If in printing you need a 3D printer and other equipment, here for painting you will need materials such as Painter’s tape that sticks firmly to surfaces yet comes off cleanly.

The tape will be used to mask some areas of the printed parts to prevent the paint from seeping underneath.

Use a hard object, like a credit card, to force the tape into the creases of your model.

Next is spray paint in which Tamiya spray paints are highly recommended because they come in a variety of colors and finishes, and they go well with plastic.

For applying them you should first apply the coats, this you can do by holding the nozzle near the rotating model and move quickly.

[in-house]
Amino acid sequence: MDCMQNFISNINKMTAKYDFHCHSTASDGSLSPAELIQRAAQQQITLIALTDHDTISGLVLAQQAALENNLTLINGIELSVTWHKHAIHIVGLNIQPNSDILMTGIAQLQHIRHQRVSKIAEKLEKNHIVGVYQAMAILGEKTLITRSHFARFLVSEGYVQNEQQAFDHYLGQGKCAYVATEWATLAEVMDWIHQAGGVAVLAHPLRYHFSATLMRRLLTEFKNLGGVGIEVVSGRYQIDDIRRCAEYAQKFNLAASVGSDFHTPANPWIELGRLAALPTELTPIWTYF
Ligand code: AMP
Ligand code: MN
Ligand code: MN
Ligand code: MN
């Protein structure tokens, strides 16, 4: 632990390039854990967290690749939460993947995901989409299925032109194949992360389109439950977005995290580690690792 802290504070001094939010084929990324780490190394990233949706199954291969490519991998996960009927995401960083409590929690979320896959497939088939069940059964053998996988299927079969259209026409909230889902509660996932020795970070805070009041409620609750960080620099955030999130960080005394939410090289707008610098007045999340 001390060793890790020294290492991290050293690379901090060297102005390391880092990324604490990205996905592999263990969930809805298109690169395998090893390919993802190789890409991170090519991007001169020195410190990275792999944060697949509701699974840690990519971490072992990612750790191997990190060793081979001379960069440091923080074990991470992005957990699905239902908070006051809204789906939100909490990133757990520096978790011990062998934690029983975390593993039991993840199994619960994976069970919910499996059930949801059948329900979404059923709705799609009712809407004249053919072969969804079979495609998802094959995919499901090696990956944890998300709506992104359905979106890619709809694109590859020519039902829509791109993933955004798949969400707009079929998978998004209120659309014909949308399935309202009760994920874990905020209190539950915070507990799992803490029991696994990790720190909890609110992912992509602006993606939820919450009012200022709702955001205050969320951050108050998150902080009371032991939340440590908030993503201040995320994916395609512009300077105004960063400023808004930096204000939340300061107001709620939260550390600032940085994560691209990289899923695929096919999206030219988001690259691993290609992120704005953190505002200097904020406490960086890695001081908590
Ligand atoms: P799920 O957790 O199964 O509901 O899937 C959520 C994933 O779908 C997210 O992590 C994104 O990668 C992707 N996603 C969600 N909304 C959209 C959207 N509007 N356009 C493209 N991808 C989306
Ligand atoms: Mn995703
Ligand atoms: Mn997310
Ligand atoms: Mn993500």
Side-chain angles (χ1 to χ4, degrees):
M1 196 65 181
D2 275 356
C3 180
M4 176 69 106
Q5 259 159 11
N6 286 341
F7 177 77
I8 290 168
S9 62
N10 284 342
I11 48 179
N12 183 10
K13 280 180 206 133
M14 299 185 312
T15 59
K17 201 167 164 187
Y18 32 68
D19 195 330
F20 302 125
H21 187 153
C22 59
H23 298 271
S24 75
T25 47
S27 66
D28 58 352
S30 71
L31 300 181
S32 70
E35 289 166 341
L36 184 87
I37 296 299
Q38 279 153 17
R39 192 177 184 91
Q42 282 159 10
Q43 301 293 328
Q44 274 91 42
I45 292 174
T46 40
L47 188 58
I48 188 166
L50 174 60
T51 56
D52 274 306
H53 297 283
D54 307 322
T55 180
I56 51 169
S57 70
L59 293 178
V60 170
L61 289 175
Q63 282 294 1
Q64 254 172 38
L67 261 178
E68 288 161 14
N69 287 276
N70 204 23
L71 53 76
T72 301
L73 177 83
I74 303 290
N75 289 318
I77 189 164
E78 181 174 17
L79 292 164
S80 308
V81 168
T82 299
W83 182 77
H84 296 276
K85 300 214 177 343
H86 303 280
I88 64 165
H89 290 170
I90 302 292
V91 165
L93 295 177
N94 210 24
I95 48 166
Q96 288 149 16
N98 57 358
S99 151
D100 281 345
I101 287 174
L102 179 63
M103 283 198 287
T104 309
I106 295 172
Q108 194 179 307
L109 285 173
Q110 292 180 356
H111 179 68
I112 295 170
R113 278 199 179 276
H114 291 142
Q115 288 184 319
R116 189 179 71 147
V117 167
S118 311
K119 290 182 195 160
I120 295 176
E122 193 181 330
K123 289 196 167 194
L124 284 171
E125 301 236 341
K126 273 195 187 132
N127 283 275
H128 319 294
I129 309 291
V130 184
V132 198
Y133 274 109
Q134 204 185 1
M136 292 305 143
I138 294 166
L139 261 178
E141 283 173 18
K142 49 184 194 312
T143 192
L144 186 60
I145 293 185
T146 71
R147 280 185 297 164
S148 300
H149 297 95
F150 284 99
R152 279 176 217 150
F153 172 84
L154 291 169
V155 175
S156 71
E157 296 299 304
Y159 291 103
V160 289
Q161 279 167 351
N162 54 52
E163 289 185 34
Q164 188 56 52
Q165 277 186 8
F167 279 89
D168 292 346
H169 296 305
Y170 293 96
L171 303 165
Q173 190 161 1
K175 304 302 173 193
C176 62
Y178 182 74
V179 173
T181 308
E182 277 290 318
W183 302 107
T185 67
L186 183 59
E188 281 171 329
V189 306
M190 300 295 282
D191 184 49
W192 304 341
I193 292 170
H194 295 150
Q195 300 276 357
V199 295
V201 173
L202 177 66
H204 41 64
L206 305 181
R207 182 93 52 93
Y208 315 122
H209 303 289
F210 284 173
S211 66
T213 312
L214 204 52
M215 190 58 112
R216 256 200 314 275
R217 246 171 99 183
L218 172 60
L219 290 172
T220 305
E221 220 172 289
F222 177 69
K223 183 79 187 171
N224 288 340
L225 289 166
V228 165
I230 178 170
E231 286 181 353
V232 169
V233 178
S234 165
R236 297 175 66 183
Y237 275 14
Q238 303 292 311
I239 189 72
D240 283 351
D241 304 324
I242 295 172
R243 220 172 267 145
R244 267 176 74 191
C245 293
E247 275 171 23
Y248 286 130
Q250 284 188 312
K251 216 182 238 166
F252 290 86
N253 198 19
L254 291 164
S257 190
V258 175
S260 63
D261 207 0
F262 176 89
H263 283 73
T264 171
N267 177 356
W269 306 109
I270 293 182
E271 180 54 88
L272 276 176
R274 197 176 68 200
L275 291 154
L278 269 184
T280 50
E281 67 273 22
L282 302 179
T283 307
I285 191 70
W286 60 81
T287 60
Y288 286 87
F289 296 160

You can start with two light coats and finish with three or four wet passes, waiting 5-10 minutes in between to avoid sagging.

If you want to continue refining the surface, you may buff and polish the paint surface to maintain a smooth surface that will look glossy under the clear coat, but this is optional for painting 3D prints.

After doing this, you can add the topcoats by masking the relevant areas to preserve details and add the topcoats. Think of topcoats as layers over the previous coats.

The first and second coats will show more if the topcoat is thinner, but in between applications, let the paint sit for a couple of minutes and observe if the color is saturated enough.

Then finishing with a clear coat is optional and meant to seal the painted model, protecting the paint surface and achieving the desired sheen.

Apply the clear coat in one or two thin and even layers, waiting for about 10 minutes between applications.

At this point, your painting is done, but you can still polish it further with wax or a fine polishing compound if you want a super glossy finish.